- Encounters with locals
- Place or Religious Monument
- Place or Historical Monument
- Off the beaten track
Formerly the last city before the border with neighbouring Algeria, Oujda used to attract many travellers passing from one side of the border to the other, who stopped there for their first or last day in Morocco. Since 1995 and the closing of the border, Oujda has been on the fringe of the road network. It has been abandoned by travellers and it has lost its primary source of revenue.
However, Oujda is still a pleasant city with a relaxed atmosphere, what with its little medina and its modern centre. Not flamboyant, of course, but a stopping place that could prove to be pleasant during your trip to Morocco on the way to the region of Rif, the coast or the desert. Personally, I spent a night there and I have memories of hospitable inhabitants and a metropolis that was not exceptional but not unpleasant, where the almost total absence of tourists has the advantage of greatly facilitating your contact with the local population.
Ouja passed through many hands and influences before falling back under Moroccan control. The Berbers built the foundations of the city, then the Ottoman Empire seized it, followed by the Spanish colonisation, then the French had their grip on this territory, letting it exist as a protectorate.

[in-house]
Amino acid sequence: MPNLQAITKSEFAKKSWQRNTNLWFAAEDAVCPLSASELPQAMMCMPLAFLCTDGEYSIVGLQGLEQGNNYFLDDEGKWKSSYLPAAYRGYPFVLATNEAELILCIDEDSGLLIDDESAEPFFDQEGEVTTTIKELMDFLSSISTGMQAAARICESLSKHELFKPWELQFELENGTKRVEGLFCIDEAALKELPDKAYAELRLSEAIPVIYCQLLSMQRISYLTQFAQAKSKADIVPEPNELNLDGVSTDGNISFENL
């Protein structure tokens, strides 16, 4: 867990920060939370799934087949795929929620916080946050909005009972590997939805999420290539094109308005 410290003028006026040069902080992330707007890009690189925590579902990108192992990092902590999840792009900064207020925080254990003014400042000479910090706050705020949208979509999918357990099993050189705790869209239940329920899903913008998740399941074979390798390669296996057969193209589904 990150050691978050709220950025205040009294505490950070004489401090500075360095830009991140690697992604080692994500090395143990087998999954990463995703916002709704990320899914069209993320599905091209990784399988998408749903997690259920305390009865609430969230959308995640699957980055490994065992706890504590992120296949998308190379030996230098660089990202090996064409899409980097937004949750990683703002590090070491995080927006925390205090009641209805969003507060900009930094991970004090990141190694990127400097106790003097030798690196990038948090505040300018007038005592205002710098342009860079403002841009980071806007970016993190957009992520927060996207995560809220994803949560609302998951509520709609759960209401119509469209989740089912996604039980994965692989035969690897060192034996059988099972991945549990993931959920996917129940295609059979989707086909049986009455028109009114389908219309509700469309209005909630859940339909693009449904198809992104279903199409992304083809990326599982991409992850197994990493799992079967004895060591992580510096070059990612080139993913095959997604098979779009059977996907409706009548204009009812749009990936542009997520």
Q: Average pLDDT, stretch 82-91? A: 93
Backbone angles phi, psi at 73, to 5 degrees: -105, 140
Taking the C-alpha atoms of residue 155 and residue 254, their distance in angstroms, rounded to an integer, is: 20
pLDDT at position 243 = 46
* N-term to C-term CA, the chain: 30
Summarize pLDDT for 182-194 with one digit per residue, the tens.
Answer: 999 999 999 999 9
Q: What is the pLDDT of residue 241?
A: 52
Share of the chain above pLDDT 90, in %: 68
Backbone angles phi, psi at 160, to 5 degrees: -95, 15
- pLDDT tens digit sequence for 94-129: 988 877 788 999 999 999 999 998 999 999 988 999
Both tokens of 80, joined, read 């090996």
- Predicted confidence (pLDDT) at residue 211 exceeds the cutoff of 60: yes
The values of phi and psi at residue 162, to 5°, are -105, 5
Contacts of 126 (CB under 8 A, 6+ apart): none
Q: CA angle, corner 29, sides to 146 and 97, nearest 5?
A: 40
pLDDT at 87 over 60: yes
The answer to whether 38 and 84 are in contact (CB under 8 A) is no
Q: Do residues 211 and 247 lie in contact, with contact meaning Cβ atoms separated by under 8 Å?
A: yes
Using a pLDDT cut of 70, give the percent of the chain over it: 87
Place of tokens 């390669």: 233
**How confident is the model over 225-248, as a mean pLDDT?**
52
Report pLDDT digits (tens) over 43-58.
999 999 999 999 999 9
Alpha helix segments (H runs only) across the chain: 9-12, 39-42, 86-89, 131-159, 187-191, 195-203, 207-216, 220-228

All of these events, despite the apparent aggression, brought something positive to the city. Notably, during their time as a protectorate, they built a modern town which contrasts with the old medina. These towns are the remains of the French presence and are there to see in the main Moroccan cities. Touristically speaking, I suggest the Souk El Ma, meaning the Water Market, which originally was literally a place where they sold water for the region's irrigation systems. All the covered markets around El Attarin Square are also very interesting to visit.
Perhaps due to its proximity with Algeria, I found that this city was distinct compared to others I'd visited during my trip around Morocco I strongly recommend a visit, however be aware that the frontier with Algeria is closed for security reasons.
Oujda is a city of that you can just pass through , it is a transitory city, a stopover city. Situated on the Algerian border, it is lined by the Mediterranean sea to the north and the mountains to the south. It is this very combination that I have found makes it a very cosmopolitan city.
Oujda has the advantage of being right in the middle of it all, an hour from the coast (40 miles to the closest beach), but also you have the mountains or even the desert. It's therefore in my eyes a very interesting base for going out to explore the surrounding areas during a trip to Morocco.
Owing to the creation of lots of cultural events and diverse festivals, the city has developed itself more and more over these last ten years. Each summer in July an amazing international festival of Raï music takes place, where the biggest names of this musical genre are revealed.